FREE DOWNLOAD : PC game : Nikopol: Secrets of the Immortals

Nikopol: Secrets of the Immortals is set in France, which at this time is governed by a dictator who rules by religious absolute power. A mysterious ship that is shaped like a pyramid has just appeared in the sky, and has sent representatives to the French government. The government controls all information, so the general populace doesn’t really know what the visitors want. These visitors are actually Egyptian gods (Immortals). One of them, Horus, is apparently working on his own agenda and decides to take over and possess the body of Nikopol’s father, who has spent the last several decades imprisoned in a cryogenically frozen state. Nikopol has recently joined a resistance group and is on the run from the police. He is approached by the other gods and asked to find his father and nix Horus’s plan. What follows is a fantasy/sci-fi story that is quite interesting. While being familiar with the novels probably helps, it doesn’t detract from enjoying the game, as I can attest.

The setting is futuristic, and combines reality with fantasy. Egyptian gods, weird monsters that look like lobsters, flying cars; these are all seamlessly integrated with ordinary items such as old appliances and clothes, in familiar settings like run-down apartments and civic buildings. The characters’ thoughts and actions are believable and logical, and fit the story well.

It is evident that the graphic designers spent a lot of time on all the visual details. The scenes are filled with familiar and also strange objects, all clearly drawn and asking to be investigated. And investigate you will, as this is an adventure game, after all. Get ready to do some major pixel-hunting. The camera is free-moving, and can be disorienting at first as it whips around, but players have the option to slow down the mouse speed, which helps. However, this slow mouse is excruciatingly slow when accessing the main menu. The character movement is good for the most part, but sometimes odd things happen, as when a person’s head became detached from his body and moved to the next location before the body followed.

In typical adventure game fashion, Nikopol will walk where guided and pick up and examine all sorts of things. He comments on these things, and many times these comments are helpful hints as to what he may need to do with these items. These are subtle hints, though, and players will still need to exert quite a bit of brain power to solve the current puzzles. These puzzles range from action (timed) sequences, manipulative and inventory-combining types. I usually hate timed puzzles, but the ones here are handled exceptionally well, and the player can replay them again and again until successful.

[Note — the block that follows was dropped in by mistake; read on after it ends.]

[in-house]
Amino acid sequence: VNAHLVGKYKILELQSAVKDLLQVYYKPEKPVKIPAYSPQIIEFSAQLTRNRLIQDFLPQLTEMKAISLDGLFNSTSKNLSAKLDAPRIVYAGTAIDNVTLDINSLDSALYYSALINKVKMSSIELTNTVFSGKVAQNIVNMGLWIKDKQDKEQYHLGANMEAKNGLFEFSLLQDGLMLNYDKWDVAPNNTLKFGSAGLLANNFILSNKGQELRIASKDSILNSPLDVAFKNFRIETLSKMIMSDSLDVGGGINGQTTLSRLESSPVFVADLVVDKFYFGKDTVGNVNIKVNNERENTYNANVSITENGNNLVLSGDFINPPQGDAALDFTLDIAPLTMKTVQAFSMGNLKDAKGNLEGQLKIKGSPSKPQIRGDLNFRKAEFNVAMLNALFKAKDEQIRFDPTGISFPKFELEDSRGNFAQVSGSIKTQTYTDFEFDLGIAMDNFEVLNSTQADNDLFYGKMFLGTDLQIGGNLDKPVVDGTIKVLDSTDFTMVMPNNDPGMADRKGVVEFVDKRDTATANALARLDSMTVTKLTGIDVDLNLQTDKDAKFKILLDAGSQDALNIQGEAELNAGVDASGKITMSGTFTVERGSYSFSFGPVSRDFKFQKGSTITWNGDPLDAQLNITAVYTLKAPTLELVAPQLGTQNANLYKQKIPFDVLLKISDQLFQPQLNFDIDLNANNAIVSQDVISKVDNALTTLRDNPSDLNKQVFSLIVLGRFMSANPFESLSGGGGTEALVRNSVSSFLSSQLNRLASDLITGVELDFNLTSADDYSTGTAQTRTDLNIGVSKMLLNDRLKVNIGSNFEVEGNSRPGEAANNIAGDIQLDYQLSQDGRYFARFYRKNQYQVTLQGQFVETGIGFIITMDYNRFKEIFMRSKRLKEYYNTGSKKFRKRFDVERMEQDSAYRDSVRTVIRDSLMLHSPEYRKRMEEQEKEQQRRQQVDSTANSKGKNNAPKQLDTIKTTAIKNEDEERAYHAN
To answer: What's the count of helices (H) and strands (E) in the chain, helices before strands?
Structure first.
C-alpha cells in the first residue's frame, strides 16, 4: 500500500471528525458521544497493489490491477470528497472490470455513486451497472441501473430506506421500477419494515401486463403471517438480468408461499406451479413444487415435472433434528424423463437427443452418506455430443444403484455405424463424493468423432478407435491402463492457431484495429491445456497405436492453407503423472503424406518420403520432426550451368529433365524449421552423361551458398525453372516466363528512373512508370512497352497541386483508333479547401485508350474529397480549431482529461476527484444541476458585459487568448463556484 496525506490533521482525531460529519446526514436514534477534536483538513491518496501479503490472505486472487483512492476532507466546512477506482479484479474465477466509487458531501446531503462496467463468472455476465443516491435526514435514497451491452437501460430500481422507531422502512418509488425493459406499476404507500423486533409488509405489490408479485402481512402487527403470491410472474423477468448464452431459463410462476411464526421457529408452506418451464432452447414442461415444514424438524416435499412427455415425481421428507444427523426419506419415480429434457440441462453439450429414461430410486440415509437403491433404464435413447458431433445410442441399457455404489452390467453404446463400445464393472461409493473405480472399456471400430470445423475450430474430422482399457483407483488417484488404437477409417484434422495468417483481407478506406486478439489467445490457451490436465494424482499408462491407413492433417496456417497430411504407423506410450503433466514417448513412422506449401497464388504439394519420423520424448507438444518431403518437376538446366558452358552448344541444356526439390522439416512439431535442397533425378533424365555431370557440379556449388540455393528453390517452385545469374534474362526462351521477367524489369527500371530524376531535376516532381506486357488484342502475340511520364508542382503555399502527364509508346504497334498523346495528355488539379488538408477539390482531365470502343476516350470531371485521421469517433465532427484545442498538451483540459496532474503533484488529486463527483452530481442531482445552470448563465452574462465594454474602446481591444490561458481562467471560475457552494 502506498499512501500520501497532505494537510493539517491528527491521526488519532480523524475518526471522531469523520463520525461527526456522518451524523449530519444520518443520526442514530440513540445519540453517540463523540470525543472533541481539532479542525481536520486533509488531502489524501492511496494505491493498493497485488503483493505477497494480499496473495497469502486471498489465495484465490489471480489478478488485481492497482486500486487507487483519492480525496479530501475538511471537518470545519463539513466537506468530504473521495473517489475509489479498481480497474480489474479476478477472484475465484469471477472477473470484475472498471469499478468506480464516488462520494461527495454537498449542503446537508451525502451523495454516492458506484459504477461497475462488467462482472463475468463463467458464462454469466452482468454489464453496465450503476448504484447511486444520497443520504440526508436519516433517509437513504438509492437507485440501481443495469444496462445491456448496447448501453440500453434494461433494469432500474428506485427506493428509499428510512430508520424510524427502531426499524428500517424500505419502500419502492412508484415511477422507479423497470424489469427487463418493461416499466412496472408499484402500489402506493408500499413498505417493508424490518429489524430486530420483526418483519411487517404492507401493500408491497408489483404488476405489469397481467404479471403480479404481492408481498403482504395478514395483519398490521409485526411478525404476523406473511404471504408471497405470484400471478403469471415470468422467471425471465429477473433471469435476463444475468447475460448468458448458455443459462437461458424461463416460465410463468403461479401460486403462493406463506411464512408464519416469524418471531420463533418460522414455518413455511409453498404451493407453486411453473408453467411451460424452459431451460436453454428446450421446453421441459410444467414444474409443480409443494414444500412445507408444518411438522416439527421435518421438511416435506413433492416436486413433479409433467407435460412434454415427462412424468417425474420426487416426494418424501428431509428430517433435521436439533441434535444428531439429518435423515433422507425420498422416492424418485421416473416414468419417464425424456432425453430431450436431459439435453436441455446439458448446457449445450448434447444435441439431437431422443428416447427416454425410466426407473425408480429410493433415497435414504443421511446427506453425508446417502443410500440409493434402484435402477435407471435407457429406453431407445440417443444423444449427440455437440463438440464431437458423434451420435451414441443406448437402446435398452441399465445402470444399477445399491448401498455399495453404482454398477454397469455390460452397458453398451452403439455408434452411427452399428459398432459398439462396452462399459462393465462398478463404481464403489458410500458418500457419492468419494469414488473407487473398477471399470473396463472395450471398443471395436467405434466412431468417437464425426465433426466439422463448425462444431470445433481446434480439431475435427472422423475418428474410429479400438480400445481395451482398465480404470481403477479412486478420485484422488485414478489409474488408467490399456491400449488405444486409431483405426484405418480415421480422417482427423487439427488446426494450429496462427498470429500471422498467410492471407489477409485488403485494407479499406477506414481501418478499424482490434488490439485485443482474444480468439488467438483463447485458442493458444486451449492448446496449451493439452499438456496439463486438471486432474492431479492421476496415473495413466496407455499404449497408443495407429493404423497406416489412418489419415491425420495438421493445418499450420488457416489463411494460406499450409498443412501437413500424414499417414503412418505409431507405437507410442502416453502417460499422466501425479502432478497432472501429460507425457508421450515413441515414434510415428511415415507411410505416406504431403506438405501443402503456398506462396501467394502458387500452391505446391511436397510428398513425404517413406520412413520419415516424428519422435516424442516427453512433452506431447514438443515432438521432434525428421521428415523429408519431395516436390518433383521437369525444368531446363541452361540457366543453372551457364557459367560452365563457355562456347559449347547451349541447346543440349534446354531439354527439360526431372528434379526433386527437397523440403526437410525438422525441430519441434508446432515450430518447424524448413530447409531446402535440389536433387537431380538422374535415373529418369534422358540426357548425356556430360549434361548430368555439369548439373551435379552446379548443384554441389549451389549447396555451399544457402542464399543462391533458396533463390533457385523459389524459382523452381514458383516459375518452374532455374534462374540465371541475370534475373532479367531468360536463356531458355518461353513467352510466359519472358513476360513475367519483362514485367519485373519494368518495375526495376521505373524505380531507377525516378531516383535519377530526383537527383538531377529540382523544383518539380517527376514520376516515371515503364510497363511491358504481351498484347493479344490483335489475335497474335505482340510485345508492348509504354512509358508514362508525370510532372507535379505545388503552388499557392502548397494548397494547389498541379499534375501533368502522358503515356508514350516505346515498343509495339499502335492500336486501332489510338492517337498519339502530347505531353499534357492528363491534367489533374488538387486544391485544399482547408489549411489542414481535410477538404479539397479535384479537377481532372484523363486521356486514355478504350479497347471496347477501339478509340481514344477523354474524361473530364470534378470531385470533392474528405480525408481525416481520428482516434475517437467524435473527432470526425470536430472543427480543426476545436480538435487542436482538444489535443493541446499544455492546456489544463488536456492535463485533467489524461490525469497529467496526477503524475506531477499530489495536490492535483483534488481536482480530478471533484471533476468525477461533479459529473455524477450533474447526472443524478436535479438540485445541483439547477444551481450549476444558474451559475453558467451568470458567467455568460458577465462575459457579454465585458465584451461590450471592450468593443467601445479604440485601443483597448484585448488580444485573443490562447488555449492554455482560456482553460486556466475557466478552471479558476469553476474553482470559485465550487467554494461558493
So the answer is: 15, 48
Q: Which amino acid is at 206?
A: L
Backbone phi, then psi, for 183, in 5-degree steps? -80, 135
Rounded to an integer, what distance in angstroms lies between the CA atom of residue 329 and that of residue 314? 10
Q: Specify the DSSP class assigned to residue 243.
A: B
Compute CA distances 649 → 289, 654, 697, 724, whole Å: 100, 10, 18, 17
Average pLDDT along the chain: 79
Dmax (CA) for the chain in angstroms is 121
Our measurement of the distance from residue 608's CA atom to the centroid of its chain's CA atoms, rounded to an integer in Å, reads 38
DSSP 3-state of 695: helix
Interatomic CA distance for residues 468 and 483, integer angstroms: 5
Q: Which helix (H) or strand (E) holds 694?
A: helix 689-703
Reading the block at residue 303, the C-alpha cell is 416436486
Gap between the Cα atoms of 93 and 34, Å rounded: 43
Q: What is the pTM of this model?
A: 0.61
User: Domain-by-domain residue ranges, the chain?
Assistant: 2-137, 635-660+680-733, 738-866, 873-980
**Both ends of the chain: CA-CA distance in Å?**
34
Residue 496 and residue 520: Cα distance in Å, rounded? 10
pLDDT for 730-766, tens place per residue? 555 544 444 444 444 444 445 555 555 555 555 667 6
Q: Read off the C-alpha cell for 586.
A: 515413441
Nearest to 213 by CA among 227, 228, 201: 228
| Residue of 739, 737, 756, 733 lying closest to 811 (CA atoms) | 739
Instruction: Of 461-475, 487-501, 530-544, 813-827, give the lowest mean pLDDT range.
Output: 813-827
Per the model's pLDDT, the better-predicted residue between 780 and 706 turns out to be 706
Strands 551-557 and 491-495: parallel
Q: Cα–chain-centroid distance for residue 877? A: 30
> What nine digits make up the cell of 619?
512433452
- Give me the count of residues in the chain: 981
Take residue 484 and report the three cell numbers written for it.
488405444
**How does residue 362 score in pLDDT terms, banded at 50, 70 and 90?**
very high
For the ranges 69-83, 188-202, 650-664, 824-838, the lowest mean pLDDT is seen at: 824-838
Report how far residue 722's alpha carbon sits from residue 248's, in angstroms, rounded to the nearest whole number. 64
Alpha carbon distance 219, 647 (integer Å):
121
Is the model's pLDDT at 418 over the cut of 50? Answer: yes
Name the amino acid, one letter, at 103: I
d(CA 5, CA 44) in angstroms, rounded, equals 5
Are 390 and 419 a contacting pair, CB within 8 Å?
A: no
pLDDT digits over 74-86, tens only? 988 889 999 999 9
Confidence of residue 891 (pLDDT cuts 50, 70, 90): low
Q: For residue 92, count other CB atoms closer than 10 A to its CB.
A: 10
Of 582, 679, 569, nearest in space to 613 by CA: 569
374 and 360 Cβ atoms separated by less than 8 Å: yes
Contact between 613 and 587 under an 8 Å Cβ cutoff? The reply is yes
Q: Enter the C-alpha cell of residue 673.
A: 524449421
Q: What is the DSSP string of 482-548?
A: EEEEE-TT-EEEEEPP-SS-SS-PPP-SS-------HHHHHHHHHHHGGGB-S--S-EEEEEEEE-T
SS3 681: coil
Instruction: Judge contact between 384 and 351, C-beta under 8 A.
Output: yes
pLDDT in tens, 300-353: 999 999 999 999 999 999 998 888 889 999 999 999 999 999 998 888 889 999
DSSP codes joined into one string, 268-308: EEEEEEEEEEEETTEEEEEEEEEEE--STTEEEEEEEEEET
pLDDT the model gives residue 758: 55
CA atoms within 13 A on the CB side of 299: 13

These puzzles are integrated very well into the main story, and it’s not always obvious what items can be used and how. For instance, early in the game Nikopol will need to find a movie projector. I had the film, and could see the projector. However, when I tried to use the film on the projector, nothing would happen, no matter where I clicked on the projector. Turns out the player had to click on the film container on the projector, thereby opening the container, and then use the film on the container. This does make sense, but lazy players like me have gotten used to having our hands held.

The music is nicely done, and is never overpowering. There are places where there will be no music, and then music will begin. It always fits the scene and sets the mood. The sound effects are alright, but could have been better.

One note on the English translation from the original French: there are deliberate misspellings in the written subtitles. According to the company, this was an artistic decision by White Birds, to depict the English pronunciations from the French speakers. Therefore, words like “sacred” are spelled as “socred”, as this is the phonetic pronunciation by the speaker.

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